Welcome to the English Department!

In the PHS English Department, you have the opportunity to explore a variety of texts. You’ll write, speak, and create media products with purposes and for audiences that are relevant to you.

Here, you’ll experience:
open-ended, project-based, and self-directed learning
guided instruction to establish and refine specific skills and knowledge
various traditional texts, texts chosen by you, Indigenous texts, etc.

Additionally, under the umbrella of the English Department is Drama, which we encourage you to also explore.

Department Staff

Ms. Bekendam amanda_bekendam@wrdsb.ca
Mrs. Benevides oriana_wattsbenevides@wrdsb.ca  Assistant Department Head
Mrs. Blaak karen_blaak@wrdsb.ca  Department Head
Teacher Doyle jillian_doyle@wrdsb.ca
Ms. Geimer cindy_geimer@wrdsb.ca
Ms. Kiff angela_kiff@wrdsb.ca
Ms. Sabet Sarvestany sarina_sabetsarvestany@wrdsb.ca
Mr. Spacek patrick_spacek@wrdsb.ca
Mr. Thompson justin_thompson@wrdsb.ca


Student FAQs

Q: I’ve never taken “English” before – what is it?

A: English is all about communication. At the heart of it, it’s about…

learning to process how texts communicate with you and
learning about how effectively communicate about what you’ve learned from those texts.
The Ontario English Curriculum, much like the Language Arts curriculum, explores ways for students to explore a variety of information in a variety of ways through:

Consuming Media

It then guides you through expressing a variety of messages designed for specific and relevant audiences using

Media Creation

Q: What if I’m not good at reading and writing? I feel like I’m not going to be good at English at all.

A: First, remember that English is more than reading and writing. You’ll listen, consume and analyze media, receive a lot of support crafting your writing, and working to deliver information in unique ways overall.

And remember: the whole process of education is to take you from a place of not knowing to knowing. We are here to teach you how to use your strengths to support your learning.

Q: Speaking is part of the English curriculum, but I am super shy and I hate speaking in public. What do I do?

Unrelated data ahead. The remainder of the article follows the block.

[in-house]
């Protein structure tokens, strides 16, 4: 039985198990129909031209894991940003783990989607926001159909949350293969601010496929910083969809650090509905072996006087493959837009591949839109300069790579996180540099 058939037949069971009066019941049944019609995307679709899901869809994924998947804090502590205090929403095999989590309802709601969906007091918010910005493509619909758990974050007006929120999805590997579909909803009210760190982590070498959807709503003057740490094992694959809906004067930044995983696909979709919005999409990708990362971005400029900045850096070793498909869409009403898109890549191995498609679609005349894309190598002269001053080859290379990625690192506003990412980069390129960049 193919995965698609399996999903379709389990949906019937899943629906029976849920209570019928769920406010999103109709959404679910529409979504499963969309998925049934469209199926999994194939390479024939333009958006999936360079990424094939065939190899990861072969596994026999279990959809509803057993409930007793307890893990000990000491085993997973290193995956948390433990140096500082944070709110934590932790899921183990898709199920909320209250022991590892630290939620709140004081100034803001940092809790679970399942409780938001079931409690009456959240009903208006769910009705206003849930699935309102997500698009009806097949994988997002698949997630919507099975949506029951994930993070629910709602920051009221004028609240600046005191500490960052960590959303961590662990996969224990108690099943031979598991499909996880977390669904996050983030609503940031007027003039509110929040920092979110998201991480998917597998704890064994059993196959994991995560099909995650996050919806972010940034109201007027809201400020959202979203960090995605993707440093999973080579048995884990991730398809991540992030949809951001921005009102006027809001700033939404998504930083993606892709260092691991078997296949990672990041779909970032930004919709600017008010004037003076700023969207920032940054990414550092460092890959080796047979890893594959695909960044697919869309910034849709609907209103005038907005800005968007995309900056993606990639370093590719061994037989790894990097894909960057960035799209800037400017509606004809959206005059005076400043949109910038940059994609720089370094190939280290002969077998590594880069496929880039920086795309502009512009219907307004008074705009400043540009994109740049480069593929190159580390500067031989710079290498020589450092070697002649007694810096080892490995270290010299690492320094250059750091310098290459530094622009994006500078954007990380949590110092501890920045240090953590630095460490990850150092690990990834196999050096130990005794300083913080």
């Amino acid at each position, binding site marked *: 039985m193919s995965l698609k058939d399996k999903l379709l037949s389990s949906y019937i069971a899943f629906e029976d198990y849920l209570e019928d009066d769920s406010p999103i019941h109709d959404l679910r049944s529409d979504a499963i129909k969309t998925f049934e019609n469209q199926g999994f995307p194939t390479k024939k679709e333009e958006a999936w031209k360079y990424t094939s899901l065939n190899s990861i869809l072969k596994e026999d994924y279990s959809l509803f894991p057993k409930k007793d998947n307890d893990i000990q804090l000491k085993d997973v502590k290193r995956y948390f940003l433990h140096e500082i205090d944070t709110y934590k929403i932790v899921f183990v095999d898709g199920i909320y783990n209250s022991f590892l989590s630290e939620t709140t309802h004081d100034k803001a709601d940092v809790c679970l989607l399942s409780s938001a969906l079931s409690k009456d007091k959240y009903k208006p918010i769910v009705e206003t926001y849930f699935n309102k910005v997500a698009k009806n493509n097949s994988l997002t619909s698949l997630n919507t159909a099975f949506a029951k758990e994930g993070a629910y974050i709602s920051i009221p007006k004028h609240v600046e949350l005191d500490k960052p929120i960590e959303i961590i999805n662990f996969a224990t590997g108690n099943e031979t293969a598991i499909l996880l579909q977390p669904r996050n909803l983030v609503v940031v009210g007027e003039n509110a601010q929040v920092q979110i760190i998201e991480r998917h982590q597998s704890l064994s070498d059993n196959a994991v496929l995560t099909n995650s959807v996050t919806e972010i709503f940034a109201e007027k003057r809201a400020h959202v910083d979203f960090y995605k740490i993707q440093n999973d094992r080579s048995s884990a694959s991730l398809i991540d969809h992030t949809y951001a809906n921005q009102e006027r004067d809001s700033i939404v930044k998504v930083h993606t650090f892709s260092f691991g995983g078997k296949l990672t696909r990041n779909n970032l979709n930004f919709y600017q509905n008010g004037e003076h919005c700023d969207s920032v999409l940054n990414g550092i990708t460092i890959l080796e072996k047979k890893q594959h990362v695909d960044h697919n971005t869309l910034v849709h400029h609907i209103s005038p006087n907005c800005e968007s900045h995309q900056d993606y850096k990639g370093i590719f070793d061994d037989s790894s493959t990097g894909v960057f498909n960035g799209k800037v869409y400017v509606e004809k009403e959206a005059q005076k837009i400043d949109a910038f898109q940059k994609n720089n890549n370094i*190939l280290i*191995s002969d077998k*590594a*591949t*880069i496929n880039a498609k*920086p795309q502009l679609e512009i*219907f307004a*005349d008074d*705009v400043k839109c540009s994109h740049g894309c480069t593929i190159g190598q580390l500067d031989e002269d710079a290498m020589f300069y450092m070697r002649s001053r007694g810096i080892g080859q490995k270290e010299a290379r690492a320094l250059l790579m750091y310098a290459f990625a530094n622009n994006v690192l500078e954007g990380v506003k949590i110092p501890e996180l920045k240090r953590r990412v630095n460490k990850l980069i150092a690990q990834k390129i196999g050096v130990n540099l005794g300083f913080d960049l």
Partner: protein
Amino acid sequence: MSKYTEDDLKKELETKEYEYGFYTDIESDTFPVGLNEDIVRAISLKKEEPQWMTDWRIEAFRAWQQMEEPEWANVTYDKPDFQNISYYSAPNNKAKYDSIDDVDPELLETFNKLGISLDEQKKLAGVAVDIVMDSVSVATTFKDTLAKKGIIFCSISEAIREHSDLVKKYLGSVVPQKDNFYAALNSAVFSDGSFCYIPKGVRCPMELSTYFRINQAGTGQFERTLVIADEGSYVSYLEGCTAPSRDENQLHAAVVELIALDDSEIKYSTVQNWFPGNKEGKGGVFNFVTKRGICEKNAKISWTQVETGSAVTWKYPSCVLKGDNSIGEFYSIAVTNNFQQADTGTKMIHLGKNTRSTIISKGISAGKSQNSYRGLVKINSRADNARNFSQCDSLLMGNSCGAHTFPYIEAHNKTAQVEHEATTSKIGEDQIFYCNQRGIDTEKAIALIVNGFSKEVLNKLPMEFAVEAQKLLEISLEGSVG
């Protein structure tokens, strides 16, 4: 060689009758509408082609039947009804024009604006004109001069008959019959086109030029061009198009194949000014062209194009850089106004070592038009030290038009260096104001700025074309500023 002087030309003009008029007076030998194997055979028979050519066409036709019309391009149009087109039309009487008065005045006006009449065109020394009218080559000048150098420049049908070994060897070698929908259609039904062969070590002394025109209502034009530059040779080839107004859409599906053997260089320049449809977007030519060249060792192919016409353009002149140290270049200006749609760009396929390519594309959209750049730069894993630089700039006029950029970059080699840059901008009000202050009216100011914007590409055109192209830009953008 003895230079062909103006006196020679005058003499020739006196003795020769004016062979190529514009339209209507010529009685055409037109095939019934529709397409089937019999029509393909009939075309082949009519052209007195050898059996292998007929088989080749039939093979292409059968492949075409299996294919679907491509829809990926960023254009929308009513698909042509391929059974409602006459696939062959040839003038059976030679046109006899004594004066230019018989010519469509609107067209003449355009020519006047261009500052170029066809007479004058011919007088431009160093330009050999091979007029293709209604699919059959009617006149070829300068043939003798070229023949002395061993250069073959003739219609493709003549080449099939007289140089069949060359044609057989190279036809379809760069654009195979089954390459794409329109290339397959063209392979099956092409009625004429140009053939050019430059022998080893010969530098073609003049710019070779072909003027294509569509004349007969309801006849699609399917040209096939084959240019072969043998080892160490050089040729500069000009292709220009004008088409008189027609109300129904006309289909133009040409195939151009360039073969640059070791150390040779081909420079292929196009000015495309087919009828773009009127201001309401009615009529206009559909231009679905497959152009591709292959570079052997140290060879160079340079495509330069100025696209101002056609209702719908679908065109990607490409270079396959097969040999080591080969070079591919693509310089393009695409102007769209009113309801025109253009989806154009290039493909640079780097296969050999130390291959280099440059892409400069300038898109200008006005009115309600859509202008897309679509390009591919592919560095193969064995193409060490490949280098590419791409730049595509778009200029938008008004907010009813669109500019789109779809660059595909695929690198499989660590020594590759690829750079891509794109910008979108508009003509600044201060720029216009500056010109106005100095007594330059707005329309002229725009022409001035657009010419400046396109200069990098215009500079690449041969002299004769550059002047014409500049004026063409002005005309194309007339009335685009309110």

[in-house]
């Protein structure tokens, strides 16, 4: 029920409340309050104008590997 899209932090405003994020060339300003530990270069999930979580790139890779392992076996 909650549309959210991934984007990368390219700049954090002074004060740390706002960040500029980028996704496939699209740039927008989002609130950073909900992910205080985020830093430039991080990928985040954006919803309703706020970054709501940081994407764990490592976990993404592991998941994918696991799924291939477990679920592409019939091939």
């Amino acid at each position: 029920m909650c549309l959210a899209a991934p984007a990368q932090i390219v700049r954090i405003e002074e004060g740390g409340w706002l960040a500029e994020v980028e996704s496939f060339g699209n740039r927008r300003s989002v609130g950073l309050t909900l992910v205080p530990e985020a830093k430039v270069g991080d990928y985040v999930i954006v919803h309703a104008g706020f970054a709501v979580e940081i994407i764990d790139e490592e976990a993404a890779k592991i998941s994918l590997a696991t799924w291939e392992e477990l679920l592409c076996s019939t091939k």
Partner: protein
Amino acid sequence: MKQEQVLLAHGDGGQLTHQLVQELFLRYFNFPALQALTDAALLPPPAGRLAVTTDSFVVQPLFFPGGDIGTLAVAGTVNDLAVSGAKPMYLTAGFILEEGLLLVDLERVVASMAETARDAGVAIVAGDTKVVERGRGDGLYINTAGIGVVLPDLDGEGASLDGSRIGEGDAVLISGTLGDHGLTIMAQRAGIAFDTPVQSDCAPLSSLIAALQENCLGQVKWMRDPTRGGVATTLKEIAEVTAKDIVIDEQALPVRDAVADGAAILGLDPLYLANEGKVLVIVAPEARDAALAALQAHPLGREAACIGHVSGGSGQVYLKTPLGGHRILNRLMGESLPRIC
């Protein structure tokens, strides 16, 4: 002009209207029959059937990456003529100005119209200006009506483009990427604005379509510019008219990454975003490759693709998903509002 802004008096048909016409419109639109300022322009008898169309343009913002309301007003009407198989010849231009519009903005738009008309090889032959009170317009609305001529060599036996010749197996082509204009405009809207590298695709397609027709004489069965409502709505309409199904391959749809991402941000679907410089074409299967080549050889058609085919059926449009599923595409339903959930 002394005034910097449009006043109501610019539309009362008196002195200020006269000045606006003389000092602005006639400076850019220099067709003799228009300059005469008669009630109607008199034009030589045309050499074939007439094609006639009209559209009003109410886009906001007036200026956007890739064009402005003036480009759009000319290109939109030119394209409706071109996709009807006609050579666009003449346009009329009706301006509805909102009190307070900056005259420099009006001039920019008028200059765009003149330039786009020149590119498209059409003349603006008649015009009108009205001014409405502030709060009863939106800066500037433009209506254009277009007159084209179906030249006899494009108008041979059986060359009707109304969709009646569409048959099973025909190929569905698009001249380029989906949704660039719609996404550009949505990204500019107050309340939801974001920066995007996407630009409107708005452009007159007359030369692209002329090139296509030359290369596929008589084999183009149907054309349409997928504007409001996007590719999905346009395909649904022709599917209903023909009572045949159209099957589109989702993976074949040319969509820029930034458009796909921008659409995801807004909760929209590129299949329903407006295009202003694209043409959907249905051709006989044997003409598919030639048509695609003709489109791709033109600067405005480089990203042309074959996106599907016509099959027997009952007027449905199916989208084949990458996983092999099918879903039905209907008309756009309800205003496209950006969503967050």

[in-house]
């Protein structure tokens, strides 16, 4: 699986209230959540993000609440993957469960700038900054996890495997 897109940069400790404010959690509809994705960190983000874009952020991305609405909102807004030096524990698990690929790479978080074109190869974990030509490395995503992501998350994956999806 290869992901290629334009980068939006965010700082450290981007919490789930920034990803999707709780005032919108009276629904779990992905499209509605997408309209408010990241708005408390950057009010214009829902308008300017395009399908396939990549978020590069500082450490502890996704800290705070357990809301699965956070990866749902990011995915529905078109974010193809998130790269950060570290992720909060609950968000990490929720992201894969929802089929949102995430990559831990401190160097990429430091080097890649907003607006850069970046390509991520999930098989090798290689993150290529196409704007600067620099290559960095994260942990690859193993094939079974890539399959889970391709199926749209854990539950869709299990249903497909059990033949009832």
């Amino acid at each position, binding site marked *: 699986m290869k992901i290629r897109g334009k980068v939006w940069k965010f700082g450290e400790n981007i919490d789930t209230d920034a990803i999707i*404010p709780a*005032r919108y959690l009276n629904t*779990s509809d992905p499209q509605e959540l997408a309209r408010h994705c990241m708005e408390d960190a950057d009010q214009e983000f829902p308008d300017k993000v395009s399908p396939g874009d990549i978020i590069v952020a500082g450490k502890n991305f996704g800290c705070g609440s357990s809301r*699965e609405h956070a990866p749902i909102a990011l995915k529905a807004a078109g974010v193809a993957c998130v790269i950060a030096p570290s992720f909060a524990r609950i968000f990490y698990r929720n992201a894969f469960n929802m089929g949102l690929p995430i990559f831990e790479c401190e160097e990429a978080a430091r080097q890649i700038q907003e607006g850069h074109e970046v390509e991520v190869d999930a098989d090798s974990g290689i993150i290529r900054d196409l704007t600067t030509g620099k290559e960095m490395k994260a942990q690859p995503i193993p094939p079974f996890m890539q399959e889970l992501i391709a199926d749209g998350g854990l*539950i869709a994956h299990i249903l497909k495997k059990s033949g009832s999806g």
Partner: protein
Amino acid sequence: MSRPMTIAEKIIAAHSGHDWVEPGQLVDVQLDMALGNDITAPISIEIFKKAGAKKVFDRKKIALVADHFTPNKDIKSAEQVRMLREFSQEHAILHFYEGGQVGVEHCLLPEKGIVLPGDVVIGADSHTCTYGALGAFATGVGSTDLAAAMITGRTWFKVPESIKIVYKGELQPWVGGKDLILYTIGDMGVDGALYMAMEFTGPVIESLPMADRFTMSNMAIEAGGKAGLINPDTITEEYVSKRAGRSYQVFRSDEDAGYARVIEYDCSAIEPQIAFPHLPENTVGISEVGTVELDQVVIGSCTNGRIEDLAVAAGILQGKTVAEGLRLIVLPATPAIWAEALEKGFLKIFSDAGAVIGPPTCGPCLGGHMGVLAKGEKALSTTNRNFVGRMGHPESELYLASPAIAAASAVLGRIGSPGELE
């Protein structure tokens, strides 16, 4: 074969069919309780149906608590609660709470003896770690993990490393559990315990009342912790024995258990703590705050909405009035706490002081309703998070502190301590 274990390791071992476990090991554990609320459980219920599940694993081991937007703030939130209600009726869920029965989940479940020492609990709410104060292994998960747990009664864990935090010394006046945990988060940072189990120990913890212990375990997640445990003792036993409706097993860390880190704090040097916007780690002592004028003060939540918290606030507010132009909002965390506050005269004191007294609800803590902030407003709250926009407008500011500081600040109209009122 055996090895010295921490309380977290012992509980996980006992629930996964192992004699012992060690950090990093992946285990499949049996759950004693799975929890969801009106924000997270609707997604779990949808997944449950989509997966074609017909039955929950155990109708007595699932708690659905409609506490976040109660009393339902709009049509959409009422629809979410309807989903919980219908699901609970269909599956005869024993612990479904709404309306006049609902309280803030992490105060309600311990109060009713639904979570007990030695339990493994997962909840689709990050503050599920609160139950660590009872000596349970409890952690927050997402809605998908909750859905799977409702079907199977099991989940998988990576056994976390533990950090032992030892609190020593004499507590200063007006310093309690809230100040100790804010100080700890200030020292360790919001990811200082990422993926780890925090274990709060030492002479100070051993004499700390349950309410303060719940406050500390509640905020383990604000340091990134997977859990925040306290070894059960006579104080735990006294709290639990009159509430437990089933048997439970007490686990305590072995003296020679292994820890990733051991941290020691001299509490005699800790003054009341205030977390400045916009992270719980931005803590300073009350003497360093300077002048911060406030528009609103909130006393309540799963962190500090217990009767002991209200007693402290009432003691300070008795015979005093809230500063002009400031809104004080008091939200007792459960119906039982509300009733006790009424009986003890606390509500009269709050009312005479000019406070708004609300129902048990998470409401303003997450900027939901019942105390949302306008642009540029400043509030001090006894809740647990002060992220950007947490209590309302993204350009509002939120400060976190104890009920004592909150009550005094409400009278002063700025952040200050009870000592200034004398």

A: You’re right – public speaking can be a challenge. Actually, it’s a challenge for everyone. We tend to dislike the very things we need to practice, so the first thing is to get practice.
We will help you get that practice by creating opportunities for you to get more comfortable with speaking, and then more comfortable speaking in front of others. We also create space for a wide range of spoken products. Not every spoken product is a full-class presentation. These all count as well:

small-group chats
recorded podcasts
interviews (recorded / in person)
tutorials / instructional / persuasive talks
spoken-word poetry

Parent FAQs

Q: What’s the workload like? What are the assessments like? How much homework should we expect to accommodate in the evenings?

A: This entirely depends on the class type, teacher, and student, but here are some examples of the choices individual teachers may make for their classes:


Classes often embed the assignments, formative work, instructional activities, and discussion right into the time allotted for the class each day. This means that if students engage as expected, they will be able to complete all of their work before leaving class. Completion of work in class often does depend on students and their dedication to using this class time wisely.
Classes will often entail homework throughout the semester, which may include working on spoken, written, and media creation projects that span over a unit or other period of time.
Some courses involve more self-directed learning that students design for themselves and can work on at their own pace.


Some teachers assign core reading materials (novels, plays, etc.). Other teachers may offer more choice in terms of core reading. We work to create opportunities for students to read a wide range of authors, backgrounds, lived experiences, identities, etc. We also work to offer fiction, nonfiction, longer texts, shorter texts, poetry, etc.


Assignments are tailored to each grade level.
Teachers work to create some consistency among courses, though you may notice that your grade 9 English course is taught a bit differently than your friend’s grade 9 English course; this is because each teacher designs courses for the needs in the room while also factoring in your teacher’s own areas of expertise and knowledge.

Rest assured: we always design learning through the Ontario Curriculum’s Essential Learning targets, and assessments include:
formative activities that allow teachers to observe student learning
conferencing with students to offer feedback on their learning
final assessment products that fairly represent student growth

A major focus in this department is the assessment of skills and knowledge rather than working through texts and tasks; we are concerned with the learning and with teaching students how to engage with ideas; assessment products and how teachers offer feedback on those assessments are both driven by the Essential Learnings in English.

Courses and curriculum documents

Grade 9: ENL1W

Grade 10: ENG2DI, ENG2PI (no longer streamed as of September 2024)

Grade 11: NBE3UI, ENG3CI

Grade 12: ENG4UI, ENG4CI

ENG3EI, ENG4EI, OLC4OI  English Workplace and the Literacy Course

EMS3OI  Media Studies

EWC4UI  Writer’s Craft

Please read the course description under English.